Every day, millions of computer users share files online. Whether it is music, games, or software, file-sharing can provide computer users with access to a wealth of information.
All that’s required to participate in Peer to Peer file sharing is the installation of the necessary file sharing software such as LimeWire, FrostWire, or Ares, that connects your computer to an informal network of other computers running file sharing software.
Millions of users could be connected to each other through this type of software at any one time. File sharing applications are often free, and easily accessible as a download on the Internet.
Sounds promising, right? Maybe; but make sure that you consider the trade-offs and the very real risks involved. The number of times I have been called upon to rescue a friend’s computer because of system damage caused by peer to peer downloading, has convinced me to give this form of file sharing, on public file-sharing networks, an automatic “thumbs down”.
Privacy: When you are connected to file-sharing programs, you may unintentionally allow others to copy confidential files you did not intend to share. So be sure to setup the file-sharing software very carefully. If you don’t check the proper settings when you install the software, you could allow access not just to the files you intend to share, but also to other information on your hard drive. Information such as your tax returns, email messages, medical records, photos, and other personal and financial documents.
It’s extremely important to be aware of the files that you place in, or download to, your shared folder. Don’t put information in your shared folder that you don’t want to share with others. Your shared folder is the folder that is shared automatically with others on peer to peer file sharing networks.
Copyright Issues: You may knowingly, or otherwise, download material that is protected by copyright laws and find yourself caught up in legal issues. Can this really happen? You bet.
Copyright infringement can result in significant monetary damages, fines, and even criminal penalties. Some statistics suggest as many as 70% of young people between the ages of 9 – 14, regularly download copyrighted digital music. I f you are a parent, you bear the ultimate responsibility for this illegal activity.
Adult Content: Again, if you are a parent you may not be aware that their children have downloaded file-sharing software on the family computer, and that they may have exchanged games, videos, music, pornography, or other material that may be unsuitable for them. It’s not unusual for other peoples’ files to be mislabeled, and you or your children, can unintentionally download these files.
Elsewhere in this Blog you can read an article on child safety on the Internet, and download a free parental control program that comes highly recommended.
Go to: Free Internet Child Protection – Parental Control Bar.
Spyware: There’s a good chance that the file-sharing program you’re using has installed other software known as spyware to your computer’s operating system. Spyware monitors a user’s browsing habits and then sends that data to third parties. Frequently the user gets ads based on the information that the spyware has collected and forwarded to these third parties. I can assure you that spyware can be difficult to detect and remove.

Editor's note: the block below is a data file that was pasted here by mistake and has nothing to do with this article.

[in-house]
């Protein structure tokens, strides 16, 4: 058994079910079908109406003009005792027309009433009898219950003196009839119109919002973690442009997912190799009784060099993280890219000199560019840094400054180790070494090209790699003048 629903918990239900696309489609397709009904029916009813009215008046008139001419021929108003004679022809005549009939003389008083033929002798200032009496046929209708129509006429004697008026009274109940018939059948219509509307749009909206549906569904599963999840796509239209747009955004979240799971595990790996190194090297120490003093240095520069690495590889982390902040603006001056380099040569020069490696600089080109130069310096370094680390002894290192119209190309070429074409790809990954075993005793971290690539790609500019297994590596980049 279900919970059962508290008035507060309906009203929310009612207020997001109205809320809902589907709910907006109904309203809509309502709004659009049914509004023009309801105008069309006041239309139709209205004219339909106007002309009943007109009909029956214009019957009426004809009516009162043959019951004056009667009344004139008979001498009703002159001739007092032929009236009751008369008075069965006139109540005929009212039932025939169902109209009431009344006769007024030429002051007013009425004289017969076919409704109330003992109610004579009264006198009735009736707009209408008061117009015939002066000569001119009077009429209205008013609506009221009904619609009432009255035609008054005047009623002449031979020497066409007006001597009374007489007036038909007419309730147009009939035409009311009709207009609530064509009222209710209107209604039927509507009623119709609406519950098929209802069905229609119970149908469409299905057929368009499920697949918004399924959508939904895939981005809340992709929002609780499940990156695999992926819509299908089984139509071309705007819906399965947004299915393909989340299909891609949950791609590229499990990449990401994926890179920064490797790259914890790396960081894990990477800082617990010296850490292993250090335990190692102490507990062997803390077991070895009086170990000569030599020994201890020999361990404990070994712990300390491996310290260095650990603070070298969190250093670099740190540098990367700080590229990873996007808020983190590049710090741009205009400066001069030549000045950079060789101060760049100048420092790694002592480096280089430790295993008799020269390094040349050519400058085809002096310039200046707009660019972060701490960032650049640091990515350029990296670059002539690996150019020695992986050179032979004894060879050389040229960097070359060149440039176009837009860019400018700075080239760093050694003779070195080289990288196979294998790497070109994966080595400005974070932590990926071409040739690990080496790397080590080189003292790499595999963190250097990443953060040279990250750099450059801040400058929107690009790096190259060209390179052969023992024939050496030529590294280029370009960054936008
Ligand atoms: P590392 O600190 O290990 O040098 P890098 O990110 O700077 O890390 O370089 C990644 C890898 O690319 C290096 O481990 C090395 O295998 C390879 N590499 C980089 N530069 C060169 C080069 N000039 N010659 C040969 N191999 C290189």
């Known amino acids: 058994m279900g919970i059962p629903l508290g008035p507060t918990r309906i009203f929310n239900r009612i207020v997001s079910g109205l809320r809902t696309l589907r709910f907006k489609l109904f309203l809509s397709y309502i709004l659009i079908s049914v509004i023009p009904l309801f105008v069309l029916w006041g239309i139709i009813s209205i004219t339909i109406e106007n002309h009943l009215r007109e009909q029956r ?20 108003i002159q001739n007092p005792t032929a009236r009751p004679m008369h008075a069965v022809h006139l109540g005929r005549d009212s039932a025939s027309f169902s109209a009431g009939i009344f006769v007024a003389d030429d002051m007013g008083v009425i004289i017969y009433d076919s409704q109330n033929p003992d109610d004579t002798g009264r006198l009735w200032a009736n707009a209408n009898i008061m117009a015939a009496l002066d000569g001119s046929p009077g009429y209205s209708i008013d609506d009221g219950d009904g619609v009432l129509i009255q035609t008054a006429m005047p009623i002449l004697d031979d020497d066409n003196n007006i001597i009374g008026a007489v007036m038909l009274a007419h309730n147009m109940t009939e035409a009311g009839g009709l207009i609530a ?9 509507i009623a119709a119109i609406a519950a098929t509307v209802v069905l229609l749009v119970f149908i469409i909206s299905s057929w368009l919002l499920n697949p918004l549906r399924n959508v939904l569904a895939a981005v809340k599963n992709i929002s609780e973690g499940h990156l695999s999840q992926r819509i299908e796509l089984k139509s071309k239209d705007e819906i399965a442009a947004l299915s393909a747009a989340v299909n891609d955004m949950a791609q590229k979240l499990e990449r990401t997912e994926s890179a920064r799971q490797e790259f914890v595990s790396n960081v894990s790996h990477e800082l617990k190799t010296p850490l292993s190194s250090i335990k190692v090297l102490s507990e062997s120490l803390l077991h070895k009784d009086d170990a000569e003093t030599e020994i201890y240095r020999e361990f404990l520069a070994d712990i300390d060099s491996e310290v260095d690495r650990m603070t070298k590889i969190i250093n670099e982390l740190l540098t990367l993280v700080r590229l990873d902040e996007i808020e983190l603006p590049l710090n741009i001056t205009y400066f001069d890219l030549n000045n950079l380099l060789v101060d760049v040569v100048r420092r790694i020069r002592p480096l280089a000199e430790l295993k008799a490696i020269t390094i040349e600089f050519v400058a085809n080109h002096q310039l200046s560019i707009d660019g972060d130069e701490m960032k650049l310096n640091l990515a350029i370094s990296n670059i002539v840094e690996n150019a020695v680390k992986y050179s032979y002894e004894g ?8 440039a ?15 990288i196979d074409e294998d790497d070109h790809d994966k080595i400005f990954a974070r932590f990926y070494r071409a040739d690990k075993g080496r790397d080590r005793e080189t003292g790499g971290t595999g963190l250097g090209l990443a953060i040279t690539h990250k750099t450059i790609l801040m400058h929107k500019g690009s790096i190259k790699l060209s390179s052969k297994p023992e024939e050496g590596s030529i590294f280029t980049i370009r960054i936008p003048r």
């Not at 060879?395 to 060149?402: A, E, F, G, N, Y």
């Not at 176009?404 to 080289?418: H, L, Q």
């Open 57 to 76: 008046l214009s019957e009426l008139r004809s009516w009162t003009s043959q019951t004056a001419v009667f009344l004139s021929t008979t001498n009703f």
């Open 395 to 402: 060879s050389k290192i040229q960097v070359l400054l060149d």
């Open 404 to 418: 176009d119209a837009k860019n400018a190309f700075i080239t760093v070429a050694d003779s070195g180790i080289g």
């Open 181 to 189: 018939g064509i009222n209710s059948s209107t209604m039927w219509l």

Before you use any file-sharing program, you should buy, or download free software, that can help prevent the downloading or installation of spyware, or help to detect it on your hard drive if it has been installed.
Elsewhere on this Blog you can read an article on free anti-malware programs, including anti-virus software, and you can download those that may suit your needs.
Go to: Free Windows Software You Can’t Afford Not to Have!
Viruses: Use and update your anti-virus software regularly. Files you download could be mislabeled, hiding a virus or other unwanted content. Use anti-virus software to protect your computer from viruses you might pick up from other users through the file-sharing program. Generally, your virus filter should prevent your computer from receiving possibly destructive files. While downloading, you should avoid files with extensions such as .exe, .scr, .lnk, .bat, .vbs, .dll, .bin, and .cmd.
Default Closing Behavior: It is critical that you close your connection after you have finished using the software. In some instances, closing the file-sharing program window does not actually close your connection to the network. That allows file-sharing to continue and will increase your security risk. Be sure to turn off this feature in the programs “preferences” setting. What’s more, some file-sharing programs automatically run every time you turn on your computer. As a preventive measure, you should adjust the file-sharing program’s controls to prevent the file-sharing program from automatically starting.
For more on the potential dangers involved in peer to peer file sharing, check out the FBI’s web site.
If you decide peer to peer file sharing is for you, the following free applications are spyware free when downloaded from reputable download sites such as Download.com, or Sourceforge.net.
LimeWire: Download at Download.com
Ares: Download at Sourceforge.net
FrostWire: Download at Download.com
7 responses to “Peer to Peer (P2P) File Sharing – Risks You Need to Know!”
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My opinion on P2P security boils down to following: don’t hunt porn and warez and you are going to be fine. Works with web as well by the way. 🙂
I download enourmous amounts of software and such and I get around one virus per year. It’s not how you do it, it’s what exactly you do online.
i am using peer to peer networking to connect my windows laptop to the ubuntu. i never feel it to be risk.
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